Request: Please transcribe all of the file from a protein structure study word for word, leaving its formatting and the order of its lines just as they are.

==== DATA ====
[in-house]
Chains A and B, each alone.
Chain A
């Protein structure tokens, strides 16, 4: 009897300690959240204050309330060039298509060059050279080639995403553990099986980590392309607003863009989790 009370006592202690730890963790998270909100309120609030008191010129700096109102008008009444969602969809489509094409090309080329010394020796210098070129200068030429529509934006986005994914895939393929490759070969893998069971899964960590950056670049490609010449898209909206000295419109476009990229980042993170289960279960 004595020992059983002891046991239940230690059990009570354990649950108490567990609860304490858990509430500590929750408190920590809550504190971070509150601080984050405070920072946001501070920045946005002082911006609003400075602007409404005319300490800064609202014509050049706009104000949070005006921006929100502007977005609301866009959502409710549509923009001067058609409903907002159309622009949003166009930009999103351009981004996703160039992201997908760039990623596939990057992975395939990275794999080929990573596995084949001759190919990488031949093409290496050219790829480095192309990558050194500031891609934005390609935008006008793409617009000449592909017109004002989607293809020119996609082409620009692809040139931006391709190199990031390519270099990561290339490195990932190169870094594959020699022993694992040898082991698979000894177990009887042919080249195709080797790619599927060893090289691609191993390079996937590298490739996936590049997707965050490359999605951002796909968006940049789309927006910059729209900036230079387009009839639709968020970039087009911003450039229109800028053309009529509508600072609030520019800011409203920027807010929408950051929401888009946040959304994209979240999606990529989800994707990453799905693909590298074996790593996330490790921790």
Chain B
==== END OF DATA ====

[in-house]
Chains A and B, each alone.
Chain A
């Protein structure tokens, strides 16, 4: 009897300690959240204050309330060039298509060059050279080639995403553990099986980590392309607003863009989790 009370006592202690730890963790998270909100309120609030008191010129700096109102008008009444969602969809489509094409090309080329010394020796210098070129200068030429529509934006986005994914895939393929490759070969893998069971899964960590950056670049490609010449898209909206000295419109476009990229980042993170289960279960 004595020992059983002891046991239940230690059990009570354990649950108490567990609860304490858990509430500590929750408190920590809550504190971070509150601080984050405070920072946001501070920045946005002082911006609003400075602007409404005319300490800064609202014509050049706009104000949070005006921006929100502007977005609301866009959502409710549509923009001067058609409903907002159309622009949003166009930009999103351009981004996703160039992201997908760039990623596939990057992975395939990275794999080929990573596995084949001759190919990488031949093409290496050219790829480095192309990558050194500031891609934005390609935008006008793409617009000449592909017109004002989607293809020119996609082409620009692809040139931006391709190199990031390519270099990561290339490195990932190169870094594959020699022993694992040898082991698979000894177990009887042919080249195709080797790619599927060893090289691609191993390079996937590298490739996936590049997707965050490359999605951002796909968006940049789309927006910059729209900036230079387009009839639709968020970039087009911003450039229109800028053309009529509508600072609030520019800011409203920027807010929408950051929401888009946040959304994209979240999606990529989800994707990453799905693909590298074996790593996330490790921790």
Chain B